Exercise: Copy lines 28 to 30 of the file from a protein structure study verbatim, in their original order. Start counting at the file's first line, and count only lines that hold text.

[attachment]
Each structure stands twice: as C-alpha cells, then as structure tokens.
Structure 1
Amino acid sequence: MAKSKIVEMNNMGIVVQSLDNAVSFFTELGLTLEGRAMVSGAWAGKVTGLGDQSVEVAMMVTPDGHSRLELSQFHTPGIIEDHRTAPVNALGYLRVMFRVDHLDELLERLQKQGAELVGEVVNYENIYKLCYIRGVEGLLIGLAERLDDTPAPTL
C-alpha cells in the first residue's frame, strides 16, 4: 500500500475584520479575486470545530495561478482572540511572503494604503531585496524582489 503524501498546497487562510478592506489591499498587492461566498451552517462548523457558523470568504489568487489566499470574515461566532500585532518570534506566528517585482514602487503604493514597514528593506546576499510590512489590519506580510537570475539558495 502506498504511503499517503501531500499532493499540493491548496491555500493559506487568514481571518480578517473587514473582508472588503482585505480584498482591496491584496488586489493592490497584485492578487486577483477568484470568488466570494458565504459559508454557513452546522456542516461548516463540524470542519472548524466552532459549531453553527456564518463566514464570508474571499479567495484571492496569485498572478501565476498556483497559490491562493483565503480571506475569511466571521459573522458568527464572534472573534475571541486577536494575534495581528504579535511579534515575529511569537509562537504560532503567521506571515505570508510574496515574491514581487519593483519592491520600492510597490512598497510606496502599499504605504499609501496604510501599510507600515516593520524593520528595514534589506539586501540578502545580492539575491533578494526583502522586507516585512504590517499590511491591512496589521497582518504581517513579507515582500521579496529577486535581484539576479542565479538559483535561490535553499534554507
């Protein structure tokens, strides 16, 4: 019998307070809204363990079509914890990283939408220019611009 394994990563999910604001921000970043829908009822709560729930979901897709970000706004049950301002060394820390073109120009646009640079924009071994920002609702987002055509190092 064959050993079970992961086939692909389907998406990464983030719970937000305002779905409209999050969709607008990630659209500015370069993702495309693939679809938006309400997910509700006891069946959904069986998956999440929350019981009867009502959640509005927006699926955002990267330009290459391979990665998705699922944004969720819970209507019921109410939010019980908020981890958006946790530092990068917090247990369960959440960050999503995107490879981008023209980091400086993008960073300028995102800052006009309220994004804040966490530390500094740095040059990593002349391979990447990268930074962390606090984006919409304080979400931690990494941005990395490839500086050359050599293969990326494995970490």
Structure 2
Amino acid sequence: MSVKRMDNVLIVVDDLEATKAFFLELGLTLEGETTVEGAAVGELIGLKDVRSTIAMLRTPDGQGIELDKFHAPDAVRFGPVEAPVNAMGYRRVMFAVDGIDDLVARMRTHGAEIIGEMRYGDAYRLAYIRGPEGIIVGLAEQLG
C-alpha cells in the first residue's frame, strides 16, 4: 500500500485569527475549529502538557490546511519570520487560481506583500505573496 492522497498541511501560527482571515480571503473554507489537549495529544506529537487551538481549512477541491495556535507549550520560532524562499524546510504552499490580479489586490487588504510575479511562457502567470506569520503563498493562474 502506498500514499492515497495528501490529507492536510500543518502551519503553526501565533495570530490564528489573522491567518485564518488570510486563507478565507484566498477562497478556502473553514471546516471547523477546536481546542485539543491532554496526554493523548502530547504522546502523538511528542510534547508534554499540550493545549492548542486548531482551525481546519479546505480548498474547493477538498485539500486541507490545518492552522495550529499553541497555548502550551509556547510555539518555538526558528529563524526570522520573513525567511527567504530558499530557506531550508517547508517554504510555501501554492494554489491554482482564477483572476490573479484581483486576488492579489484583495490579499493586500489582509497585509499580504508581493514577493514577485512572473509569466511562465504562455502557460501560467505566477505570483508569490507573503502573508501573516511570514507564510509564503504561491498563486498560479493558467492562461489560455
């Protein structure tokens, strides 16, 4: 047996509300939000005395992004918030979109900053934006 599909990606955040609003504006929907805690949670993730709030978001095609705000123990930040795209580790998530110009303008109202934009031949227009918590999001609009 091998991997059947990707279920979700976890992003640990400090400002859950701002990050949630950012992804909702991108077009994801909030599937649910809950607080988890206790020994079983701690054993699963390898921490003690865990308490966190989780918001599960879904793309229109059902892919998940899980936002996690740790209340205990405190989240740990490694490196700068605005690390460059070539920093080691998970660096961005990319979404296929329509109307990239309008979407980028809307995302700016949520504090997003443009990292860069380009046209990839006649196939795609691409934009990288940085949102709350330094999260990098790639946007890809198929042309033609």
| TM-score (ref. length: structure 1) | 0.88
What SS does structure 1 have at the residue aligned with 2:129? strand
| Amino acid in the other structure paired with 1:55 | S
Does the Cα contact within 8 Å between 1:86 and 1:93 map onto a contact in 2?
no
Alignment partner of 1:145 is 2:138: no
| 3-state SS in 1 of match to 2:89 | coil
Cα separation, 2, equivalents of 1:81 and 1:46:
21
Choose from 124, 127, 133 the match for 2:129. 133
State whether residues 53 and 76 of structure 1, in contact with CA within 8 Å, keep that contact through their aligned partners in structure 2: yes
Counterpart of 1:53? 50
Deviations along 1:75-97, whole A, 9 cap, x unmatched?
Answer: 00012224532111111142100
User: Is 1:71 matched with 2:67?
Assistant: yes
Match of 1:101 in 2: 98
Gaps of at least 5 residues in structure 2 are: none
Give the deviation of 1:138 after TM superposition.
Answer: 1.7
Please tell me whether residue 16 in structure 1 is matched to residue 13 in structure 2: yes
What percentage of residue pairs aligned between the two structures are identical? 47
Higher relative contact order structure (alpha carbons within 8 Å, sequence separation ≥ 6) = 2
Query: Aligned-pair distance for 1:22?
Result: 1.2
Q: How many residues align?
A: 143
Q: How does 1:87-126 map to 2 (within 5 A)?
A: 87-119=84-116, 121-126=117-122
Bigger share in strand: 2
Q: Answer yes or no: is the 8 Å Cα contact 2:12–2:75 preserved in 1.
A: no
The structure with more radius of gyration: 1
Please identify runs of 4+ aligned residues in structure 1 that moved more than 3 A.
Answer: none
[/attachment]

Give the deviation of 1:138 after TM superposition.
Answer: 1.7
Please tell me whether residue 16 in structure 1 is matched to residue 13 in structure 2: yes